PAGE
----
As you probably remember, the film tells the story of Eric Liddell and Harold Abrahams. Eric was born to Scottish missionaries while they served in China. As a world-class sprinter, he represented Great Britain at the 1924 Olympics. But Eric was faced with a major moral dilemma about running a race on Sunday (the Sabbath).
If you saw the movie, you know he did not run that race. But he did switch to a different race and captured a gold medal for the 400-meter competition. But there is so much more to his story…
A year after the Olympics, he returned to China and spent the last 16 years of his life serving the church there. When the war between China and Japan erupted, he served tirelessly in the center of the war zone at the London Mission Hospital in Siaochang.
His compassion for the wounded and his servant’s heart, opened many doors for the gospel. One patient later wrote that he was so impressed by the care he had witnessed, he wanted to know more about that Jesus that Eric and others talked incessantly about.
Although all the missionaries were advised to leave the country in 1941, Eric only sent his family to Canada, but he stayed on to serve the people he loved.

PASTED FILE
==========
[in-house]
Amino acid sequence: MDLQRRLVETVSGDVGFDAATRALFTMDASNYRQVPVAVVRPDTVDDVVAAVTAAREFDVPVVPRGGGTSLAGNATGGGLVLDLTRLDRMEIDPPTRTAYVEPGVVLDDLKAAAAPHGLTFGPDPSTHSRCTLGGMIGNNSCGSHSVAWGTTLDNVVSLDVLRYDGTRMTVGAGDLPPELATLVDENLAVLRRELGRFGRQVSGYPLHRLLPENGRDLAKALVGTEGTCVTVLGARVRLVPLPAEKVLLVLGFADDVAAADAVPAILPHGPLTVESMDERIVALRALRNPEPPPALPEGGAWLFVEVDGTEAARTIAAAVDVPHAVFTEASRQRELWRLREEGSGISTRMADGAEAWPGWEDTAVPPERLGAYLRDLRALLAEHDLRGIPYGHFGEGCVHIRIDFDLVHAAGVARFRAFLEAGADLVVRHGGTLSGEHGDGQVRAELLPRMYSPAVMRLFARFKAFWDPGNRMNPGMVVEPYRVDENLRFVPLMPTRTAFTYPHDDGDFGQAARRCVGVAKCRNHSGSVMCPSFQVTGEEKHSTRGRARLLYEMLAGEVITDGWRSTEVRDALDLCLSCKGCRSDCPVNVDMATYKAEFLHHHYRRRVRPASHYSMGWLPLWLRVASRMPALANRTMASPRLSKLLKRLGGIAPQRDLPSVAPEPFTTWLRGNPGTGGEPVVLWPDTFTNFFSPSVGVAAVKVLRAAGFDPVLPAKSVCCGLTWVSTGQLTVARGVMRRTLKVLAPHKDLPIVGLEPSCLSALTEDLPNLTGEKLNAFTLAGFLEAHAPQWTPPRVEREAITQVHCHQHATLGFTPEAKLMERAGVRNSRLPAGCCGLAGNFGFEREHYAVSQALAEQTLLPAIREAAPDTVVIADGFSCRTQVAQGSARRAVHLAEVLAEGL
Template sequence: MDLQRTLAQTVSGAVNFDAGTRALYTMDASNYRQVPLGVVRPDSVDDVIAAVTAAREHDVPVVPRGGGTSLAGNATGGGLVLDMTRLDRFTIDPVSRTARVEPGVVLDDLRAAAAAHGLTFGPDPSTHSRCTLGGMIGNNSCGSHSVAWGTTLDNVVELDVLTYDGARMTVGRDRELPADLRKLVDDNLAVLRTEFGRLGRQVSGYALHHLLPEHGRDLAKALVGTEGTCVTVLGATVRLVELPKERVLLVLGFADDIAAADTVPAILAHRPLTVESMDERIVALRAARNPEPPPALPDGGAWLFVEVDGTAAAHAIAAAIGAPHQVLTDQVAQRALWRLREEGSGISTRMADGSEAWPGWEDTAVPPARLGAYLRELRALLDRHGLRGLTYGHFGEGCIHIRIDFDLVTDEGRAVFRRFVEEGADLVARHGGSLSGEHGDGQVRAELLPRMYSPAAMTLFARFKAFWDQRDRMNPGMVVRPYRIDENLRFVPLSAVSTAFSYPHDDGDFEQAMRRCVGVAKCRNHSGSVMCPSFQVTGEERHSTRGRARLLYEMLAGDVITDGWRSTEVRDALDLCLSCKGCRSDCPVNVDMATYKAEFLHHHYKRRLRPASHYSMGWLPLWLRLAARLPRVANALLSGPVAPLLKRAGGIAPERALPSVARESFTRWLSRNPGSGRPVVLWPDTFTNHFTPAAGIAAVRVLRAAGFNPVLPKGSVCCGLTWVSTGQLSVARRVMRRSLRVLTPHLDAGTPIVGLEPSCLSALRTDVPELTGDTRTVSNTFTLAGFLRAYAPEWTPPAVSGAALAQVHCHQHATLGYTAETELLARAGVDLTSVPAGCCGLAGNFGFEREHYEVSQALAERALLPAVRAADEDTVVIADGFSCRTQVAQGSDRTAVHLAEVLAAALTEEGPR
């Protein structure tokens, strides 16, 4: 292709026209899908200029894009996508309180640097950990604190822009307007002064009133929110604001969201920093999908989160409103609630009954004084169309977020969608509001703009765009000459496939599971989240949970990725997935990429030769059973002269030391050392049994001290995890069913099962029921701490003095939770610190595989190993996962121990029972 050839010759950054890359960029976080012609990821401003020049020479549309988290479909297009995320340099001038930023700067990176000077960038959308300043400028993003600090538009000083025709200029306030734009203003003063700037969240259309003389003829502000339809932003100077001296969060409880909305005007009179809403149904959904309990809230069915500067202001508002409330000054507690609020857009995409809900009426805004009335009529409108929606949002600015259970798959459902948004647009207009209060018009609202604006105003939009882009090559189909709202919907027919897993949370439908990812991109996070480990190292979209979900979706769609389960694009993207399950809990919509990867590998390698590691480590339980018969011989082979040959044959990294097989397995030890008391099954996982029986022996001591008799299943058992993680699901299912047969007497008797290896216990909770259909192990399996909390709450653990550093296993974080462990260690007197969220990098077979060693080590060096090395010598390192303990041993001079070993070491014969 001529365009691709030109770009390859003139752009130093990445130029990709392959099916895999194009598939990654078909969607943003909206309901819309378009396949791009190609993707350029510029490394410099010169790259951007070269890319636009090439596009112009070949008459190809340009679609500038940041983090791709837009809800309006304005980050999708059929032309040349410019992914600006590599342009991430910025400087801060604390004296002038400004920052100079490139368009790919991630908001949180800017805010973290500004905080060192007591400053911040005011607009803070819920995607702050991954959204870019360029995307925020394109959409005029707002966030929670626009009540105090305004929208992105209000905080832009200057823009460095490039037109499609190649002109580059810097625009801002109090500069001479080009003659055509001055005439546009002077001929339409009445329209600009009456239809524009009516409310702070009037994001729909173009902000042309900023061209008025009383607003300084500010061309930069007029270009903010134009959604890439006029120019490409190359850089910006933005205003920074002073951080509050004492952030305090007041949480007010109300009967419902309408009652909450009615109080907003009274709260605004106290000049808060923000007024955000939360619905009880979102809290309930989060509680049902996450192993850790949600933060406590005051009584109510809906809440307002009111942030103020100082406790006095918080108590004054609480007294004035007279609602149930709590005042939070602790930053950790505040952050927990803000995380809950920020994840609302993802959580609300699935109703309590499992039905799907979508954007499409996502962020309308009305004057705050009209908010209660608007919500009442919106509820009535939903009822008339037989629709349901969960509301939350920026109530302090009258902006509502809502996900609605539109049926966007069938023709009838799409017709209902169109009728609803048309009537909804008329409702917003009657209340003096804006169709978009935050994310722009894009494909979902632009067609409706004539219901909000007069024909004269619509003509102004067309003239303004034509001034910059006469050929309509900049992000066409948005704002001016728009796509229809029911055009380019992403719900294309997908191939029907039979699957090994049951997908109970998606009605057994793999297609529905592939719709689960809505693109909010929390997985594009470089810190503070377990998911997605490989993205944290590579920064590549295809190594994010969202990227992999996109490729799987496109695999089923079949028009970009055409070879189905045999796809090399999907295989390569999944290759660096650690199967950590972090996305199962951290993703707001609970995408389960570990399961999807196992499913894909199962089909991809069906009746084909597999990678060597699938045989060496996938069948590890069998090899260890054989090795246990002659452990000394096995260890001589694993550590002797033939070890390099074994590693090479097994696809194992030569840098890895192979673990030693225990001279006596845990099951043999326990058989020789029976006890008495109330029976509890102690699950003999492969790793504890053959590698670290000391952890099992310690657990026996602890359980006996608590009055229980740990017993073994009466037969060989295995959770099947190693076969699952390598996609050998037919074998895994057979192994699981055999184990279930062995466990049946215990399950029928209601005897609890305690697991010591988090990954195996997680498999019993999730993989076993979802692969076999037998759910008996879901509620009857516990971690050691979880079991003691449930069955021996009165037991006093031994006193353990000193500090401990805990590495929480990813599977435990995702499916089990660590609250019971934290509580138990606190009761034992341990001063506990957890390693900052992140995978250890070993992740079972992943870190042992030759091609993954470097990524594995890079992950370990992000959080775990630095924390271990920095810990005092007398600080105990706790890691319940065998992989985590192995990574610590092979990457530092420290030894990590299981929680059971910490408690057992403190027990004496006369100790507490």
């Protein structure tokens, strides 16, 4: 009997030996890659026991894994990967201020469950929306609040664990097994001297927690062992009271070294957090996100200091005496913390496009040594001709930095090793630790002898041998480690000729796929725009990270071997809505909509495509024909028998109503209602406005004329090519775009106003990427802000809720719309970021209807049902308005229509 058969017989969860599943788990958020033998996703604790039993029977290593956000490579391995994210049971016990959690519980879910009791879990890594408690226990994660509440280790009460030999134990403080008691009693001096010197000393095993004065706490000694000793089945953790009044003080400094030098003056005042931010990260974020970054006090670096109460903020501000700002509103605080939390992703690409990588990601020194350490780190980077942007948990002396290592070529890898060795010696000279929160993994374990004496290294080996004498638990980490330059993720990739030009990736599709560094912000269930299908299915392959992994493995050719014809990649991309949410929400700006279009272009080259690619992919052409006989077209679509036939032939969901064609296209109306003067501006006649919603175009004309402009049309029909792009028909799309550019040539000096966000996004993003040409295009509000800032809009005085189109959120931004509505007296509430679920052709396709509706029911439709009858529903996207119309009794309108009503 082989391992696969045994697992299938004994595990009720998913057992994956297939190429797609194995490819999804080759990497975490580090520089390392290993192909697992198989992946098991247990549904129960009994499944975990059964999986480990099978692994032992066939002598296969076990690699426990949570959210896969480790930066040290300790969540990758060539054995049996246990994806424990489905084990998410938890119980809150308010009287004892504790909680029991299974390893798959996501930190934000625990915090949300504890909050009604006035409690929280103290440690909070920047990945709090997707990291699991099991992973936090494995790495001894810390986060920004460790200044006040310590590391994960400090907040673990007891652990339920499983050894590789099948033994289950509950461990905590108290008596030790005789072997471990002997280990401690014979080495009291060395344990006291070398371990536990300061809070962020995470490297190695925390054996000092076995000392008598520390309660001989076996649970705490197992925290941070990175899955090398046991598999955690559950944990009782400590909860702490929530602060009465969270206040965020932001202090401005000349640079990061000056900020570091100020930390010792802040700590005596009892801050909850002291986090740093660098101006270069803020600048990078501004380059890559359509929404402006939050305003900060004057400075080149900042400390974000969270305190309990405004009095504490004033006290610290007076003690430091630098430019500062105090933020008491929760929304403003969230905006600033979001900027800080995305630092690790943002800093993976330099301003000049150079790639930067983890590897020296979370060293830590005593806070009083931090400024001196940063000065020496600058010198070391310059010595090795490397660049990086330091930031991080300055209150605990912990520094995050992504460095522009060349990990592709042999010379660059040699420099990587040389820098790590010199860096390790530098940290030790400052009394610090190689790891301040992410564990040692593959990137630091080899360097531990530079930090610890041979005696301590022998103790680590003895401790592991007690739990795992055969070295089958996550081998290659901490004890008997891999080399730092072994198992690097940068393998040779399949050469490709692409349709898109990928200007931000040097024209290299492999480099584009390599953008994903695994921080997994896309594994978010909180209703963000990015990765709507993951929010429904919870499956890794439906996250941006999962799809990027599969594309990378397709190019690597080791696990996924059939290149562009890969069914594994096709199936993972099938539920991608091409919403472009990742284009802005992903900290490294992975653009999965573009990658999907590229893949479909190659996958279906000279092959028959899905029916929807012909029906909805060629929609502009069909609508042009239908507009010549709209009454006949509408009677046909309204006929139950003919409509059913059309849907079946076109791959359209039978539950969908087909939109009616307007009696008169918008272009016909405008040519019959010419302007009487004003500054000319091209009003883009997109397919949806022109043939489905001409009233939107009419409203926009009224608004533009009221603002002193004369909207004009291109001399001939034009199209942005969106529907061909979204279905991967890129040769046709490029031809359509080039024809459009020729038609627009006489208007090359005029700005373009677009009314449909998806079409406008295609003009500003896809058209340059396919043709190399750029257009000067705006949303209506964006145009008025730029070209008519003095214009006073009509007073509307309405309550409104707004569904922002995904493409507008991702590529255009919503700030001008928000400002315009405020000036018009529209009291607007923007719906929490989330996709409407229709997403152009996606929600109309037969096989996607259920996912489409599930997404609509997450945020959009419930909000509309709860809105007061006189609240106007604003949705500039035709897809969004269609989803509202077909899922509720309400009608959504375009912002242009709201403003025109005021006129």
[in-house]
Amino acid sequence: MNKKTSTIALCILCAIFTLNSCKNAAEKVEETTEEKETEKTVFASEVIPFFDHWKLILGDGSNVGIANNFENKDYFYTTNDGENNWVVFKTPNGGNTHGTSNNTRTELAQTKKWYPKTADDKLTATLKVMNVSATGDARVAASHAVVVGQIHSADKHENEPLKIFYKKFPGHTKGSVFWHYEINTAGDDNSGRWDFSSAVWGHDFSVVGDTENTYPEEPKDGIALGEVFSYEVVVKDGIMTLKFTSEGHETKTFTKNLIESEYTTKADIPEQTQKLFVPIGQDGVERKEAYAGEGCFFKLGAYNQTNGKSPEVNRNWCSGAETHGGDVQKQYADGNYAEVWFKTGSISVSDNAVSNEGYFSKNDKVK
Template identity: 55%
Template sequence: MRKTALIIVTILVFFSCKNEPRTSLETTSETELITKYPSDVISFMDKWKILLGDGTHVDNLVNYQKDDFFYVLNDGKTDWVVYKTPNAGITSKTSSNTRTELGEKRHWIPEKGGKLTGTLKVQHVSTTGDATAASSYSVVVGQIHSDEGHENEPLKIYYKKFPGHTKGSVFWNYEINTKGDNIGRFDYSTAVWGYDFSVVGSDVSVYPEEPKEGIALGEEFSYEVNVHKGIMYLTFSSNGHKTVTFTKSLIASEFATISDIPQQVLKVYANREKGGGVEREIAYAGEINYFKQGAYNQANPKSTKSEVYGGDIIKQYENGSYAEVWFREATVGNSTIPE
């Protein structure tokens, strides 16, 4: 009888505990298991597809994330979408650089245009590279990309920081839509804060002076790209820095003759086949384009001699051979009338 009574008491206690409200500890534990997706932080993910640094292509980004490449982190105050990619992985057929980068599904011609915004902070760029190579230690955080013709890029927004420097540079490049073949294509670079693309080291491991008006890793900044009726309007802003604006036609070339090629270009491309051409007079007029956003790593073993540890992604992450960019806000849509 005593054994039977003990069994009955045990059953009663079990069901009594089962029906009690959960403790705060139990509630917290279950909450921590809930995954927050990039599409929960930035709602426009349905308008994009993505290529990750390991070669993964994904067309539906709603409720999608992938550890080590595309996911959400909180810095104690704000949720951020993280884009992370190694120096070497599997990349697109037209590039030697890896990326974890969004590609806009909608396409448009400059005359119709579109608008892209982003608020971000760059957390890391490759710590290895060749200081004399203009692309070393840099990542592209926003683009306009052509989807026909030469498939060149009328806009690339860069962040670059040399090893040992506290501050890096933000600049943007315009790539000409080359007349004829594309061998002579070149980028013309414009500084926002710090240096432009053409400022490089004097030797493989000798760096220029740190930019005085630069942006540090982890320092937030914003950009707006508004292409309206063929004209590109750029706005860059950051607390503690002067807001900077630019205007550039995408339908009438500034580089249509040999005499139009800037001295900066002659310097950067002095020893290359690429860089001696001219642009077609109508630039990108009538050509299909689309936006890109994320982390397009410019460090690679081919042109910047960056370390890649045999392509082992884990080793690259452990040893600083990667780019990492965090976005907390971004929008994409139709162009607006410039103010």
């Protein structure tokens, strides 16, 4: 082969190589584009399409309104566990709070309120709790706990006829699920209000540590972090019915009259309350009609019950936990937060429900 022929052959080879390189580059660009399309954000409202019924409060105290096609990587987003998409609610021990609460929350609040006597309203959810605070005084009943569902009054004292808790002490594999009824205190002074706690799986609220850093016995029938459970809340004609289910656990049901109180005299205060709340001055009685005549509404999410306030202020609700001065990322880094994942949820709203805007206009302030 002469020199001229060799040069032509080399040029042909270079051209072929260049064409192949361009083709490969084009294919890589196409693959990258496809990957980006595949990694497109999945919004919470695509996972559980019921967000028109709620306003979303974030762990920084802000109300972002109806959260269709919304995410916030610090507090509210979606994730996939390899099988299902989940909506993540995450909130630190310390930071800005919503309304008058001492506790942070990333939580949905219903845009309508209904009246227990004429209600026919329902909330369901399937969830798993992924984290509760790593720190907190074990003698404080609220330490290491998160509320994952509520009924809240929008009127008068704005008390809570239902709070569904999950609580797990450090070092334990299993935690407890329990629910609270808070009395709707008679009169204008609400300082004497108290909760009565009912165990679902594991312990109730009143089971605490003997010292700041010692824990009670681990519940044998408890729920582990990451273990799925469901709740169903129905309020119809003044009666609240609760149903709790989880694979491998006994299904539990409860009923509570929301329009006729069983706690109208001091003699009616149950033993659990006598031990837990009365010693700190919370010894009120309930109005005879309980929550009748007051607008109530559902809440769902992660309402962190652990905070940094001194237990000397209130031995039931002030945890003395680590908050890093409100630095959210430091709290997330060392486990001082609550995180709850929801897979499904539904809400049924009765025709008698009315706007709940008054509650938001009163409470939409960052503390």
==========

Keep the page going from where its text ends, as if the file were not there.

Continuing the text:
Eventually, he was interned in a Japanese camp and continued his ministry there. He taught science classes, Sunday school, organized sports for the children and served the families any way he could. His fellow prisoners remarked, “Wherever he went, he brought confidence and happiness.”
He died of a brain tumor just a few months before the camp was liberated.
So maybe this week as you watch some of those background stories about the athletes, remember Eric Liddell. He was an amazing runner whom God made fast. But more importantly, he was an amazing servant that God used, over and over again.
It is a great opportunity to review our own gifts, talents and abilities and to make sure they are all at the disposal of the King.